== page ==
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I am looking for a detailed exposition of the quantum computation of the Zeeman effect in spectra of atoms from which it would be clear that the spin 1/2 of electron is unavoidable.

As far as I understand the original motivation of Uhlenbeck and Goudsmit to introduce spin 1/2 of electron came exactly from this problem, see their paper “ Spinning Electrons and the Structure of Spectra” (1926). However the discussion in the paper is purely qualitative and contains no computations.

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  • $\begingroup$ Is the detailed exposition in Wikipedia sufficient? It has computations and diagrams of energy levels. $\endgroup$
    – Ghoster
    Nov 24, 2022 at 19:58

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If an electron does not spin, where does the idea of spin come from? How the spin was introduced?

All begun with the discover of a fine and hyperfine structure in the emission and absorption spectra of atoms and molecules. Slightly different energy levels for electrons in the same atomic shell of an atom where explained by Pauli:

The optical hyperfine structure was observed in 1881 by Albert Abraham Michelson. ... Wolfgang Pauli proposed the existence of a small nuclear magnetic moment in 1924.

Two years earlier it had already been shown that an inhomogeneous external magnetic field influences the magnetic dipole of the atom and deflects the atom.

The Stern–Gerlach experiment involves sending a beam of silver atoms through an inhomogeneous magnetic field and observing their deflection.
If the particle is treated as a classical spinning magnetic dipole, it will precess in a magnetic field because of the torque that the magnetic field exerts on the dipole.

In 1925, George Uhlenbeck and Samuel Goudsmit at Leiden University suggested the simple physical interpretation of a particle spinning around its own axis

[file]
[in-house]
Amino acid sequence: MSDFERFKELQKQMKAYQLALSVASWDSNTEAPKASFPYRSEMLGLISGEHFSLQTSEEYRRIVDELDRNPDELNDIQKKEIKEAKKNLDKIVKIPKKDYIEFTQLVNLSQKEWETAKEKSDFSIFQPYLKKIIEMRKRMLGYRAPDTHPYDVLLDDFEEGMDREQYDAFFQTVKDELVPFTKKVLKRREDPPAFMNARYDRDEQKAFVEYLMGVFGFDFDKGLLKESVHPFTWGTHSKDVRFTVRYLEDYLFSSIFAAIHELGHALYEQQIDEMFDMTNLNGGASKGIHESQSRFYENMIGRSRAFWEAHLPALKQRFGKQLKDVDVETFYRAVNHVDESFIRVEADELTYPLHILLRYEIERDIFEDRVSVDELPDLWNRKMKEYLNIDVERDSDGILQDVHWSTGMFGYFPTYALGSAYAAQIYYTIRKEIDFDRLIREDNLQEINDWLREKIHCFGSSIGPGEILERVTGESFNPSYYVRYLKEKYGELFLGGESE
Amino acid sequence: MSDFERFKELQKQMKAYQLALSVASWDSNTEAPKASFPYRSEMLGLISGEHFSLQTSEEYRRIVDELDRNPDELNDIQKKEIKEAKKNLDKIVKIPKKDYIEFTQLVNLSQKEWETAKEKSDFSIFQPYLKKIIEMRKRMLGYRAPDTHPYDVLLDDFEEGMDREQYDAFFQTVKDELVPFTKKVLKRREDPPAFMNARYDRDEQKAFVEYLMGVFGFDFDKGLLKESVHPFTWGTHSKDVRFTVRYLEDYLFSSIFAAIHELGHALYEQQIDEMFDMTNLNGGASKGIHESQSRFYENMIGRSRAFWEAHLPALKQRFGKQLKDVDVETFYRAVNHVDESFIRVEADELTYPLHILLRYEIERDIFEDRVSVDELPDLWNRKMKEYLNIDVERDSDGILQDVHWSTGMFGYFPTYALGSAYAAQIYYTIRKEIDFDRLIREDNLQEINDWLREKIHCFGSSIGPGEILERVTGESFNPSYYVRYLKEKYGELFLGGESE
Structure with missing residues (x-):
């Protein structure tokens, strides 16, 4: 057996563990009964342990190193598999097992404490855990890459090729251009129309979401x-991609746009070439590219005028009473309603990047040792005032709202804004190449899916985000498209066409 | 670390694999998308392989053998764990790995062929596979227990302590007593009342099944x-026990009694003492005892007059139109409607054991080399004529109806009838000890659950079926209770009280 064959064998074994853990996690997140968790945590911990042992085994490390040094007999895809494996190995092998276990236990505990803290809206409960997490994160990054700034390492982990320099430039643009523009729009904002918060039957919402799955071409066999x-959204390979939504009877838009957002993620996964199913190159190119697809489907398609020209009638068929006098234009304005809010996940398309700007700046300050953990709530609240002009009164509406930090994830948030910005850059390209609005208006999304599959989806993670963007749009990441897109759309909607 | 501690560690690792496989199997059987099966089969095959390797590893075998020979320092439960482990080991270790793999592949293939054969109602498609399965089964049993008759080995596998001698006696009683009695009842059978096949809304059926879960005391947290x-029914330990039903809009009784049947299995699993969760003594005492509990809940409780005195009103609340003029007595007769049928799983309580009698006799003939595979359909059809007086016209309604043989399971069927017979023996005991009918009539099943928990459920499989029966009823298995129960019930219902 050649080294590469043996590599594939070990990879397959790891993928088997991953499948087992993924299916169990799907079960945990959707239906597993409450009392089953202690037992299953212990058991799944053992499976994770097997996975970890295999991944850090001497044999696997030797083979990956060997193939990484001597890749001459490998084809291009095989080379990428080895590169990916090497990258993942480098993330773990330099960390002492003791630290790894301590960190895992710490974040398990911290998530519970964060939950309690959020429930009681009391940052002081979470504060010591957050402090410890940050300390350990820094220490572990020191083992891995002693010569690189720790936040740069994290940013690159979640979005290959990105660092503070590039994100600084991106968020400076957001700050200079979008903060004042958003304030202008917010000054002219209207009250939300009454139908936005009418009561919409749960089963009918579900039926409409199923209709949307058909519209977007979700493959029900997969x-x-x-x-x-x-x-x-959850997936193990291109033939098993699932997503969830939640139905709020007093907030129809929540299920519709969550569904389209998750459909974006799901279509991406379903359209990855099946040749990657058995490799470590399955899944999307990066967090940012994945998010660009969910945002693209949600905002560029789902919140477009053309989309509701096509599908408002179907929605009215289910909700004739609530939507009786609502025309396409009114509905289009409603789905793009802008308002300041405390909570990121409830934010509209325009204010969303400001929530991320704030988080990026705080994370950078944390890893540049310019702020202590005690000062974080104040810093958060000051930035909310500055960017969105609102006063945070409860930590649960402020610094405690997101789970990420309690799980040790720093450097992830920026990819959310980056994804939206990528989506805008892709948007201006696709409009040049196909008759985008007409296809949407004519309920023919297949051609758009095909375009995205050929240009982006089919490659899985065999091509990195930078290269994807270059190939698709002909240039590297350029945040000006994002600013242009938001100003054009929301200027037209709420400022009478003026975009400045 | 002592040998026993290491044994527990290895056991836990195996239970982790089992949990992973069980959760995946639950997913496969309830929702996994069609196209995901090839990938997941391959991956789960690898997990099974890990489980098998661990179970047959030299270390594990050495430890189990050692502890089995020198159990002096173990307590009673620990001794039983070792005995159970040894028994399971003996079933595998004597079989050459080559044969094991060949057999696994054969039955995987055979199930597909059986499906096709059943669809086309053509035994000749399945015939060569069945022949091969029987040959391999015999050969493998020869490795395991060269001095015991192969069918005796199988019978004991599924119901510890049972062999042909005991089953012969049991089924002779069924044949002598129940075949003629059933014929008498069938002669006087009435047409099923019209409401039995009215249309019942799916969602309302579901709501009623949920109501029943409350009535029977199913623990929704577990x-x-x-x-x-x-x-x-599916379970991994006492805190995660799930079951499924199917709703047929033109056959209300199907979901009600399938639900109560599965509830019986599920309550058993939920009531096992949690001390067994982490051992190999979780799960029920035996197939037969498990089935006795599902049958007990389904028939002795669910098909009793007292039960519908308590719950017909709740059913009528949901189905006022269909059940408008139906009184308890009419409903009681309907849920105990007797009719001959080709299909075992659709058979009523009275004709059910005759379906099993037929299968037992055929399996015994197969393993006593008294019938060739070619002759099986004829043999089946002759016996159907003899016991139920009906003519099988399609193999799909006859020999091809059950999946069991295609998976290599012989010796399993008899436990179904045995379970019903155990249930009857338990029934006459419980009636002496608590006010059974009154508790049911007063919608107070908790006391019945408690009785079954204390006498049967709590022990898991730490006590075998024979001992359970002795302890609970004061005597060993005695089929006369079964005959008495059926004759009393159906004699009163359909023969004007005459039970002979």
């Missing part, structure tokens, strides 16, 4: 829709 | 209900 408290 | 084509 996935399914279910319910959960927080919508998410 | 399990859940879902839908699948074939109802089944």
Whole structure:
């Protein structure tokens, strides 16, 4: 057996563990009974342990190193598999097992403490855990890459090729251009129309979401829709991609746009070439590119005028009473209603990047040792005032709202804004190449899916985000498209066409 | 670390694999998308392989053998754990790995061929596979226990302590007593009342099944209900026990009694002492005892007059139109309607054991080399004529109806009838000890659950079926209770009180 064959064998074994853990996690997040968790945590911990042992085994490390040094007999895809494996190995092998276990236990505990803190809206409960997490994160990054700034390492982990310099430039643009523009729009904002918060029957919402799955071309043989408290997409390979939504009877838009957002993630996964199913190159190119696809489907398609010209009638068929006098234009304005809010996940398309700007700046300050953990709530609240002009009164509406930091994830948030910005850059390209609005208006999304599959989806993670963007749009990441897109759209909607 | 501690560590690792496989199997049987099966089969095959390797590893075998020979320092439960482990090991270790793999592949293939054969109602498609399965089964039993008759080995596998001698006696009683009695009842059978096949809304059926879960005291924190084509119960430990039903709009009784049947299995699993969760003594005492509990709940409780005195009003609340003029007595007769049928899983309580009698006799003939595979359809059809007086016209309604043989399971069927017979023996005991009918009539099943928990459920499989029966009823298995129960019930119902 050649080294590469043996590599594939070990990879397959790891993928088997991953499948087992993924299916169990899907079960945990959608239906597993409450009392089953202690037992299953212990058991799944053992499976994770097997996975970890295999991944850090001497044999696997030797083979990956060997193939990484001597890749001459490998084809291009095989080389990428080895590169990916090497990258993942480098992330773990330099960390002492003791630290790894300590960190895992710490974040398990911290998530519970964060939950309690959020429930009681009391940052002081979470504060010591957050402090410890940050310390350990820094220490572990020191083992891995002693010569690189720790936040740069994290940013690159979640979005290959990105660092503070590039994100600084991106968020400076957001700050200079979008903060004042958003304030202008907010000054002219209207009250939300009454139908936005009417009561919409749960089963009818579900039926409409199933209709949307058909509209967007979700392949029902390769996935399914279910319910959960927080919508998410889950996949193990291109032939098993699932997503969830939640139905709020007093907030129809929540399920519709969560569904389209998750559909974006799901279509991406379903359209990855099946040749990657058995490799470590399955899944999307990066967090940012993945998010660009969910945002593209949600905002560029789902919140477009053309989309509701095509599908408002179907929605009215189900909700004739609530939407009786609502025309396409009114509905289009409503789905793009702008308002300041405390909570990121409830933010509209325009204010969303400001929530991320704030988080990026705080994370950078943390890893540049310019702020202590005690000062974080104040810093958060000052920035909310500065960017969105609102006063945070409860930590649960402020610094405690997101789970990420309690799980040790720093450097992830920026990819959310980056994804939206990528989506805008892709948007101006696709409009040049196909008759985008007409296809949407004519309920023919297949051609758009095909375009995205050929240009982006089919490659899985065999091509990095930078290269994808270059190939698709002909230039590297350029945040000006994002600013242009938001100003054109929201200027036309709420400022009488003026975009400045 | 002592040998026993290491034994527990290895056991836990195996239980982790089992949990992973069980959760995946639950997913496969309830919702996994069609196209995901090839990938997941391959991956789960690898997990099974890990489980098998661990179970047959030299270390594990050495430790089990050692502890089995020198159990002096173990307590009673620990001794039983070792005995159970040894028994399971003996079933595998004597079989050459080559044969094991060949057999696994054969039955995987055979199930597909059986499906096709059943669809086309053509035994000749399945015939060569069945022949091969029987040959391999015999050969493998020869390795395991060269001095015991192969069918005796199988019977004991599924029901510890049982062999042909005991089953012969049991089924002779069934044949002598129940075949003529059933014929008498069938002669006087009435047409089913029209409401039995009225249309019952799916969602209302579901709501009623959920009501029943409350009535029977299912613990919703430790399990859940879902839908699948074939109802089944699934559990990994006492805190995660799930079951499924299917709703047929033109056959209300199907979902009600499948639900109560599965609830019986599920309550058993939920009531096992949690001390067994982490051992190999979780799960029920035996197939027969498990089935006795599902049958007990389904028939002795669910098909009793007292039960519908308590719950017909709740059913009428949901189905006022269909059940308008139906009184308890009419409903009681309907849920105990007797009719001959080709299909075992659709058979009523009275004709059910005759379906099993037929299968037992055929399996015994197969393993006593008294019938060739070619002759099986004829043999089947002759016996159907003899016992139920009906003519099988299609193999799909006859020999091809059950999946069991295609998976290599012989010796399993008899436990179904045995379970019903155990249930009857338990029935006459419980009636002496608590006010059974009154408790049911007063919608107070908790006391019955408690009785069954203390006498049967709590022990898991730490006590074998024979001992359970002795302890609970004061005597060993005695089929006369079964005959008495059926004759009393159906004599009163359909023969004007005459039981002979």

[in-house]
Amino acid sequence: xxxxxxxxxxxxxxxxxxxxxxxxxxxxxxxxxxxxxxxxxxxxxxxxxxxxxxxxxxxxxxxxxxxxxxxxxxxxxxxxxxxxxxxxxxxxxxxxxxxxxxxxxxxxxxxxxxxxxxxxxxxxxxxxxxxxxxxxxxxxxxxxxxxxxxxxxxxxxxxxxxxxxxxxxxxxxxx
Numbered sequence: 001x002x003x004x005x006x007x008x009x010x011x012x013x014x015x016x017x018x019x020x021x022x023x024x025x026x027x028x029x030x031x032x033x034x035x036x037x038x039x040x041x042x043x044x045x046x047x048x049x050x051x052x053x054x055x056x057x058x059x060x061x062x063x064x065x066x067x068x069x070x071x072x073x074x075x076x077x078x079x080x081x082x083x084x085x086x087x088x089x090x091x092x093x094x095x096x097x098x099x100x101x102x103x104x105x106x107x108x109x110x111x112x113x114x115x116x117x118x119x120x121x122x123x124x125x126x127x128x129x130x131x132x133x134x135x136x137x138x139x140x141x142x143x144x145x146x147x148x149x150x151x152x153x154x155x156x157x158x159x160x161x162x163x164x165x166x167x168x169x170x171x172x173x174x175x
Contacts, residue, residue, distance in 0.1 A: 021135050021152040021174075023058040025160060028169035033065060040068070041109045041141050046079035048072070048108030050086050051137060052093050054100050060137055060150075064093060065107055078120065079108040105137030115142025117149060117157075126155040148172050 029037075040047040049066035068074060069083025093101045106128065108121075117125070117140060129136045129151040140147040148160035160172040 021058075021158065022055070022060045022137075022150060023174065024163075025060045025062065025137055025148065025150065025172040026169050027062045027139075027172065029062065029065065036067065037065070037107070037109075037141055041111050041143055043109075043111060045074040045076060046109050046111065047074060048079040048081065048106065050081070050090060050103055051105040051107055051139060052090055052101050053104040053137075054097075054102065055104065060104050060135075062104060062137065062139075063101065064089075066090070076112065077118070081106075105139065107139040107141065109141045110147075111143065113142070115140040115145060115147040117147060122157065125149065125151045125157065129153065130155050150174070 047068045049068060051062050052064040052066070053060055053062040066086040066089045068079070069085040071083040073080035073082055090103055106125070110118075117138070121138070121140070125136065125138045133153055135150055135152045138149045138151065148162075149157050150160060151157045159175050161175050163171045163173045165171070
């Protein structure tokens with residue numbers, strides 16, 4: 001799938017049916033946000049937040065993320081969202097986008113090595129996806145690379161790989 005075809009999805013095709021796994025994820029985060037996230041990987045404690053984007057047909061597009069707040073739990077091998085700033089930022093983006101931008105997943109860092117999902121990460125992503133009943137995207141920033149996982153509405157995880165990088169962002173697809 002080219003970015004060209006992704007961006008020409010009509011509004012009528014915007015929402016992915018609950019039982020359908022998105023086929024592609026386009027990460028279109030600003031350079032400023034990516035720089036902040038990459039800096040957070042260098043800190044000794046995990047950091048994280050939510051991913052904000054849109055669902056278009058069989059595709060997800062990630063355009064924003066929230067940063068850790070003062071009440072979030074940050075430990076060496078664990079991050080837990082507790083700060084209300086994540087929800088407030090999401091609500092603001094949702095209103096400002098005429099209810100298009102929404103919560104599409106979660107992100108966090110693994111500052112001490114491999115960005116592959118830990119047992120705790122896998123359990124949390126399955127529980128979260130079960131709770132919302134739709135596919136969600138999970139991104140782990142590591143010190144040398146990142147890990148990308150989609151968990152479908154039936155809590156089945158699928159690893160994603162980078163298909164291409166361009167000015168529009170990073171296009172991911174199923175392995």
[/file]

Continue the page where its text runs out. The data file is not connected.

One year before Pauli described a two-valuedness of two electrons of otherwise identical electrons in the same atom shell.

In 1924 Wolfgang Pauli introduced what he called a "two-valuedness not describable classically" associated with the electron in the outermost shell. This allowed him to formulate the Pauli exclusion principle, stating that no two electrons can have the same quantum state in the same quantum system.

Since 1897 the electron has been seen as an electrically charged particle (J. J. Thomson) and the discover of a magnetic moment lead to the following conclusion:

Particles with spin can possess a magnetic dipole moment, just like a rotating electrically charged body in classical electrodynamics.

A remark about how the interpretation could be different and what would change:

  • The electron is a charge AND an magnetic dipole
  • The deflection of moving electrons in an external magnetic field is accompanied be the emission of photons and this is the reason for the deflection.
  • The spin as a synonyms for the magnetic dipole moment describes the Pauli principle and all the other descriptions associated with spin.
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